But a temporal part exemplifies a property simpliciter only if the entire temporal duration of that part exemplifies the property. Temporal part P is red simpliciter only if P is red at all times at which it exists. Suppose persisting object O is rapidly changing colour from being all red to all blue to all red again. If O's having the property of being red is to be an intrinsic property as understood by the perdurantist, there must be some part of O that exists only during the short period in which O is red. Thus for every momentary intrinsic property that O exemplifies, there must be some instantaneous temporal part of O that exemplifies that property simpliciter. If O were composed only of extended temporal parts, then there would be properties that O exemplified which were not properties of any of O's parts simpliciter and which therefore would not be intrinsic in the relevant sense. Thus if the perdurantist is to retain the apparatus with which to explain how persisting objects exemplify intrinsic properties at times, she must at least subscribe to DITP.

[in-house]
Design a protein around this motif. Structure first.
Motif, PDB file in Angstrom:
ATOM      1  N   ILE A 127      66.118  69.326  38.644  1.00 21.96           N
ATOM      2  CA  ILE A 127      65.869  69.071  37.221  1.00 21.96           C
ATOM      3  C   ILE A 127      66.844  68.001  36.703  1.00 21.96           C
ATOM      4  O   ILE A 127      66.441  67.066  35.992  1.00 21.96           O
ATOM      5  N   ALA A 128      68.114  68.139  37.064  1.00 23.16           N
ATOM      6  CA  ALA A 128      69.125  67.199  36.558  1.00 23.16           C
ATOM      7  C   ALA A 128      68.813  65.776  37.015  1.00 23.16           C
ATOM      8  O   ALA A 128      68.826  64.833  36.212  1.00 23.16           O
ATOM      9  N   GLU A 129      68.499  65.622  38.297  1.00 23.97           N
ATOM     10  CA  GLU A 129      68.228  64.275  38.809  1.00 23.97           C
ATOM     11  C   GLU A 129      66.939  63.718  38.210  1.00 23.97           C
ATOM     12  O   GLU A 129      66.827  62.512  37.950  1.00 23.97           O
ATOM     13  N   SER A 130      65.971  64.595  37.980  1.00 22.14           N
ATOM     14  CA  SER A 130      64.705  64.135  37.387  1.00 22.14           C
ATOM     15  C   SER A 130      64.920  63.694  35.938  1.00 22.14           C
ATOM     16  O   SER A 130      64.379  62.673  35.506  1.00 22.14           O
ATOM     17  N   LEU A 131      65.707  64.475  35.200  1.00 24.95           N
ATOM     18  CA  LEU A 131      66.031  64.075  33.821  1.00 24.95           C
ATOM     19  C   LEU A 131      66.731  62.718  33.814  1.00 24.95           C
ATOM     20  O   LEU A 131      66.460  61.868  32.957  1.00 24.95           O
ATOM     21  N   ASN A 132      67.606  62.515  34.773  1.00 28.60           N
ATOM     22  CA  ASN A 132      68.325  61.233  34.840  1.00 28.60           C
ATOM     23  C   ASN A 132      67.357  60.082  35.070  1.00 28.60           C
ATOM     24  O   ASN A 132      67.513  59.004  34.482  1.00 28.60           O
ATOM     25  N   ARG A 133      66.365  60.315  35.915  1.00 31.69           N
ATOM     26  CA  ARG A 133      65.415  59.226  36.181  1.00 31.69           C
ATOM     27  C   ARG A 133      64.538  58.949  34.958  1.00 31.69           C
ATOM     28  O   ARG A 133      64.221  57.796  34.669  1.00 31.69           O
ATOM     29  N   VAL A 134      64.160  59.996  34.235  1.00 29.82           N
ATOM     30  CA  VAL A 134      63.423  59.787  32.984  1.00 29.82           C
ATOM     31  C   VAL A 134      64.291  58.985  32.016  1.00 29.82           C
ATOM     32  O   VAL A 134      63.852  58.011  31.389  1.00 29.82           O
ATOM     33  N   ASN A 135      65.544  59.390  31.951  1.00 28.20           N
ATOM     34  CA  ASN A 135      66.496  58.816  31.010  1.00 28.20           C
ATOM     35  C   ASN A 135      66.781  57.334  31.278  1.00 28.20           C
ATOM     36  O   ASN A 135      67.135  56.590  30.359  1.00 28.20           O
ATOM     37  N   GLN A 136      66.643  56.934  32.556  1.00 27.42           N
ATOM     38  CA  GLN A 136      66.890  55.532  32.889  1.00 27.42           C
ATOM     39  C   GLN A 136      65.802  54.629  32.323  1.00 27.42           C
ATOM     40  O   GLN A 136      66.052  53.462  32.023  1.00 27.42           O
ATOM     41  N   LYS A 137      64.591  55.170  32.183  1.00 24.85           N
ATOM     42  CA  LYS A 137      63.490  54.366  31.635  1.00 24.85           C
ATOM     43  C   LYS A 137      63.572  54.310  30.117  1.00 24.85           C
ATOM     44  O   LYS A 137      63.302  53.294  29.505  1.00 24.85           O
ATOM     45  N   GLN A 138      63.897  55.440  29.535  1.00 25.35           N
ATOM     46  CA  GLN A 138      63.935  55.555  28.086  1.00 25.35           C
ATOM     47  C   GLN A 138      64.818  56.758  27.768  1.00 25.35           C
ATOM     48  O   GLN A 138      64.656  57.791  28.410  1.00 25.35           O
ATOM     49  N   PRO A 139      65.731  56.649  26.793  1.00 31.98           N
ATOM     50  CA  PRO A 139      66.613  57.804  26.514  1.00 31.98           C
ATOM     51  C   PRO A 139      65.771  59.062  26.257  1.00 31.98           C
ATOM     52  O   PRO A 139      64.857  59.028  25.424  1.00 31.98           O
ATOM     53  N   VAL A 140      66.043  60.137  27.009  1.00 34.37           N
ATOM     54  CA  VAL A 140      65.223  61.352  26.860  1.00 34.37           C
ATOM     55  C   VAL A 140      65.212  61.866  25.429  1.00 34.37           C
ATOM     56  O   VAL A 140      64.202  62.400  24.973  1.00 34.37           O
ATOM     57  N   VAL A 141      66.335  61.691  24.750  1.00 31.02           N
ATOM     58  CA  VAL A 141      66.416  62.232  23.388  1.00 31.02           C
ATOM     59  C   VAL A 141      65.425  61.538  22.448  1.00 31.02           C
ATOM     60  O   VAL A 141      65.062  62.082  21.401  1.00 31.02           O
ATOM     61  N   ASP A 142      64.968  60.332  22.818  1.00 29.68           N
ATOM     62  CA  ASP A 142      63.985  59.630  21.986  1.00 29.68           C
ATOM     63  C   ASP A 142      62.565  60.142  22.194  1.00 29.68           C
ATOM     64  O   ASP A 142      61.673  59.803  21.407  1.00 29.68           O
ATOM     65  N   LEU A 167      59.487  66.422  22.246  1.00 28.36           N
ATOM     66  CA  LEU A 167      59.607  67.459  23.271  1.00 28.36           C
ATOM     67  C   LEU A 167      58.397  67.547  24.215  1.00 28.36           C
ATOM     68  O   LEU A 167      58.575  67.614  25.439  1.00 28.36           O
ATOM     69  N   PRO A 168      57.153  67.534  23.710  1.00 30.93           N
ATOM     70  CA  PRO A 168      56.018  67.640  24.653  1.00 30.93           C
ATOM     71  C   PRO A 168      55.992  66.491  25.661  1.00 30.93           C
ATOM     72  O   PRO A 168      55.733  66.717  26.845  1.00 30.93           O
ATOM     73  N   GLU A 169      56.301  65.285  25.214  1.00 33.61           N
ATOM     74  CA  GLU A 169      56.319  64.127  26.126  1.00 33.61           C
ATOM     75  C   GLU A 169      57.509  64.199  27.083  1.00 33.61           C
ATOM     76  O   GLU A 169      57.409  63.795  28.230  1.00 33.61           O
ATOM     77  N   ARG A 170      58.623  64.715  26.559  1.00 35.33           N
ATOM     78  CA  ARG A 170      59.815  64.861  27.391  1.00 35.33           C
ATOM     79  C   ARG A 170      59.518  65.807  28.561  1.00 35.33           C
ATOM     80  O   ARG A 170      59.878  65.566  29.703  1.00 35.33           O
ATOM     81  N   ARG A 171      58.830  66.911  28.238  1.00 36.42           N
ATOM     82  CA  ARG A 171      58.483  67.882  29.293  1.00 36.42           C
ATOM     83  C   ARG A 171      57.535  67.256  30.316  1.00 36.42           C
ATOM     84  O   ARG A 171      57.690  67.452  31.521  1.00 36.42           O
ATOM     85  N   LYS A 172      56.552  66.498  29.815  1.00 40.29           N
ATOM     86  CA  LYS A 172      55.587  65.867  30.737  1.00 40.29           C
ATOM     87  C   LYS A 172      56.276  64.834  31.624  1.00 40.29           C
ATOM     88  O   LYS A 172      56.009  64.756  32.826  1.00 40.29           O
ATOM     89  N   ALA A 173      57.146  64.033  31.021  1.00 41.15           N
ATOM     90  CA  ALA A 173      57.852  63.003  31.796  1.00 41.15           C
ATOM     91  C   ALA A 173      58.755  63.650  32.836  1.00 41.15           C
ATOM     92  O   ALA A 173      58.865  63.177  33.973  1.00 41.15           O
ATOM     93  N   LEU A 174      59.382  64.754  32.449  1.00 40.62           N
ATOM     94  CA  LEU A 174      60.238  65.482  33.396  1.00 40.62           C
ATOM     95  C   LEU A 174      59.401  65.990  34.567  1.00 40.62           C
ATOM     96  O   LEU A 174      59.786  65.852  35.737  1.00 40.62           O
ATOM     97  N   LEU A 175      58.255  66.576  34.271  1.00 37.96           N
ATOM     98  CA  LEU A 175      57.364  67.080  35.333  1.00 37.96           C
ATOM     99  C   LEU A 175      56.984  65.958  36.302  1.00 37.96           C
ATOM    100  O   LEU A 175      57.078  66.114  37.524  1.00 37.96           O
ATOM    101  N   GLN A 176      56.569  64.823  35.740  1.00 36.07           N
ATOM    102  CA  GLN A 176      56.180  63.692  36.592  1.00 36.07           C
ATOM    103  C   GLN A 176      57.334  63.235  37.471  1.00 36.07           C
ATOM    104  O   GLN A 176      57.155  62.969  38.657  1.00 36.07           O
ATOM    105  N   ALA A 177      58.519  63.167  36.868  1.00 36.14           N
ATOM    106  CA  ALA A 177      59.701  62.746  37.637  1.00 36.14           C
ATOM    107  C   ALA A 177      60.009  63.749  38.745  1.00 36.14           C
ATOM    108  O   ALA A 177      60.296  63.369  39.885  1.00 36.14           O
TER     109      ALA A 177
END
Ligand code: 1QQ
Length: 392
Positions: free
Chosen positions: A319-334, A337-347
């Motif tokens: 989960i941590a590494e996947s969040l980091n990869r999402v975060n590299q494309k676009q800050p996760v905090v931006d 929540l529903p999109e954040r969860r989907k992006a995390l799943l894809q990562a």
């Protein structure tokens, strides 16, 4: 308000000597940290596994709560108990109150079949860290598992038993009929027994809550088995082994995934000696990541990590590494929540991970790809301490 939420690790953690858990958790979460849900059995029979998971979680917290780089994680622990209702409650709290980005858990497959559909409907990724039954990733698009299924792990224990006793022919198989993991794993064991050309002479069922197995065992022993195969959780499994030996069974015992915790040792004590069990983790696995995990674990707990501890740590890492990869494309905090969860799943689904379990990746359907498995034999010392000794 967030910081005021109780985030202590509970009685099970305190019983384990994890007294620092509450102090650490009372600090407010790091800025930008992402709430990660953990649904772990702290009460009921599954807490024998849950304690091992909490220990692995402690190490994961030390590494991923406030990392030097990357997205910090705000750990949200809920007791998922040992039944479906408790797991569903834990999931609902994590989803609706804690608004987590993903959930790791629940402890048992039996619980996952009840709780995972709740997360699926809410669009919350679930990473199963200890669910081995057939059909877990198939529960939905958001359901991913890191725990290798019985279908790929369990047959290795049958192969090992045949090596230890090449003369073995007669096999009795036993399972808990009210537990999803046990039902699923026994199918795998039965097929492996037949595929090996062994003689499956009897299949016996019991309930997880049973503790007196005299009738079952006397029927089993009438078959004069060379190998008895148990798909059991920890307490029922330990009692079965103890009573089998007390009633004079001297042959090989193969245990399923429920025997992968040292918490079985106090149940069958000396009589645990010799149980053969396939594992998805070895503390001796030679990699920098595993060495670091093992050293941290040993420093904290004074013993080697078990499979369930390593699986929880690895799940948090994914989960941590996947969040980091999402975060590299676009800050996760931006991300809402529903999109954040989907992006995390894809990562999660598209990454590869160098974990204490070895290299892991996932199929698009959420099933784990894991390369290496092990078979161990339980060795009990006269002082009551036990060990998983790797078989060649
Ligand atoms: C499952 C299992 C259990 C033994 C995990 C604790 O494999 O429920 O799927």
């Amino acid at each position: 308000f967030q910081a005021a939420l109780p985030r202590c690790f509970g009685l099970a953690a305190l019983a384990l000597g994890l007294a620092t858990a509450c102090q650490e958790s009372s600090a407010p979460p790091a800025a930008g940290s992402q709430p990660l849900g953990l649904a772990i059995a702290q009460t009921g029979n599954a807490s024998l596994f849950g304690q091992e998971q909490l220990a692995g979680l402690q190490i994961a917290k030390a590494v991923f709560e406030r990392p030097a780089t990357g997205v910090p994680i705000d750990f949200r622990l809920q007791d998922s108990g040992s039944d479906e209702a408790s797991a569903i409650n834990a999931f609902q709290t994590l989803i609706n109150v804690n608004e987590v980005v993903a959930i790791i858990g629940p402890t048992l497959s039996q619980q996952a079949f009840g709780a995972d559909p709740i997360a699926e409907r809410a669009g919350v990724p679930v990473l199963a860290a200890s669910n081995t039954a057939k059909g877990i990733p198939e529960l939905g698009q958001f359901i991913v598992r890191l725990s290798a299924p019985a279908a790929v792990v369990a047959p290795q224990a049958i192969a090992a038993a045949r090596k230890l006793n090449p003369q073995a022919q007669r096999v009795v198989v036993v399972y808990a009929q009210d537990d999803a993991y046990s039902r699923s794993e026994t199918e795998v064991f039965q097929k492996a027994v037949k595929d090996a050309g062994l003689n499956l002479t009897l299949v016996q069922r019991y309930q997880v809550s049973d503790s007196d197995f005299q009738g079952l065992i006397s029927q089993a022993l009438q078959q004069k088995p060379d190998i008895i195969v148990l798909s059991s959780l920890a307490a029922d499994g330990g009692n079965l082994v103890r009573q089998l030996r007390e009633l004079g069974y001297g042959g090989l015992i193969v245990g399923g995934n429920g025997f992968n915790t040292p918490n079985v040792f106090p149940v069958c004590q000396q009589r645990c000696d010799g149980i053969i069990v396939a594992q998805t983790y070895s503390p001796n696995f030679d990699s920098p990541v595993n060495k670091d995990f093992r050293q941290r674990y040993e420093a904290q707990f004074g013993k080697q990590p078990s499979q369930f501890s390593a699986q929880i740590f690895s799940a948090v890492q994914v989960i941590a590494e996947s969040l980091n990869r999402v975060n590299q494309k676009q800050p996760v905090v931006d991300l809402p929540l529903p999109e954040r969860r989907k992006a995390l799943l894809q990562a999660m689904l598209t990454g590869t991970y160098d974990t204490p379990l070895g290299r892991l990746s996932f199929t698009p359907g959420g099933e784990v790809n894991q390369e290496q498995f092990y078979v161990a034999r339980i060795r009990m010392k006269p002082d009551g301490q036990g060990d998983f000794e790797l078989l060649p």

Prima facie though, both DATP and DITP are problematic doctrines for the sparsist, since they seem to entail that arrangements of particulars can compose objects with wholly arbitrary temporal borders. So it seems that the very essence of perdurantism is in conflict with the core of sparsism. Is there any way to resolve this conflict? In the next section I consider a putative reconciliation of sparsism and perdurantism proposed by Storrs McCall, and argue that in fact it is no reconciliation at all. I then move on to consider two other proposals. In the first we take instantaneous objects to be basic and then ask ourselves how those objects need to be arranged in order to compose some persisting object. In the second I broaden the definition of temporal part, and argue that a reconfigured perdurantism can accommodate sparsist intuitions. Unfortunately this version of perdurantism is unsuccessful in its own terms, as a metaphysics of persistence.